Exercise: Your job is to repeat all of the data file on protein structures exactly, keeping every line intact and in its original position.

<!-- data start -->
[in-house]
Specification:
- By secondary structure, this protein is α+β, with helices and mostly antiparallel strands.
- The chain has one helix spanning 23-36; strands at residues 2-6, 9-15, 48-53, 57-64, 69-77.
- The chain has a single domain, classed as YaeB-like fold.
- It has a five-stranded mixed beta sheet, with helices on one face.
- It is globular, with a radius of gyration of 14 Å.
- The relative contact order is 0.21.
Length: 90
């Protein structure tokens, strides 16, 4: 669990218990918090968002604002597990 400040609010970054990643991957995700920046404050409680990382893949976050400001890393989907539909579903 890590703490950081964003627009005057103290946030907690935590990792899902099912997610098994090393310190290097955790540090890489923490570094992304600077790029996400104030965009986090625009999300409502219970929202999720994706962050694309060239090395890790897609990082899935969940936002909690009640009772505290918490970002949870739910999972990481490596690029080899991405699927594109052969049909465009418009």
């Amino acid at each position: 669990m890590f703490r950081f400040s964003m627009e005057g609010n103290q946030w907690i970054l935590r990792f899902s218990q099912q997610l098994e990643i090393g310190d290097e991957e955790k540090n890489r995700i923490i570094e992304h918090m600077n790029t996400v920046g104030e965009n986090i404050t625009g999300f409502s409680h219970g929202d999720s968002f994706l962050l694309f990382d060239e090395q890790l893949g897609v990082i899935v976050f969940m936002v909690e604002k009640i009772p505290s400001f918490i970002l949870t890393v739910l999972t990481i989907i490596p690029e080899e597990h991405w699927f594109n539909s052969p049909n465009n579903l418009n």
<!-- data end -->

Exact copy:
[in-house]
Specification:
- By secondary structure, this protein is α+β, with helices and mostly antiparallel strands.
- The chain has one helix spanning 23-36; strands at residues 2-6, 9-15, 48-53, 57-64, 69-77.
- The chain has a single domain, classed as YaeB-like fold.
- It has a five-stranded mixed beta sheet, with helices on one face.
- It is globular, with a radius of gyration of 14 Å.
- The relative contact order is 0.21.
Length: 90
């Protein structure tokens, strides 16, 4: 669990218990918090968002604002597990 400040609010970054990643991957995700920046404050409680990382893949976050400001890393989907539909579903 890590703490950081964003627009005057103290946030907690935590990792899902099912997610098994090393310190290097955790540090890489923490570094992304600077790029996400104030965009986090625009999300409502219970929202999720994706962050694309060239090395890790897609990082899935969940936002909690009640009772505290918490970002949870739910999972990481490596690029080899991405699927594109052969049909465009418009």
């Amino acid at each position: 669990m890590f703490r950081f400040s964003m627009e005057g609010n103290q946030w907690i970054l935590r990792f899902s218990q099912q997610l098994e990643i090393g310190d290097e991957e955790k540090n890489r995700i923490i570094e992304h918090m600077n790029t996400v920046g104030e965009n986090i404050t625009g999300f409502s409680h219970g929202d999720s968002f994706l962050l694309f990382d060239e090395q890790l893949g897609v990082i899935v976050f969940m936002v909690e604002k009640i009772p505290s400001f918490i970002l949870t890393v739910l999972t990481i989907i490596p690029e080899e597990h991405w699927f594109n539909s052969p049909n465009n579903l418009n």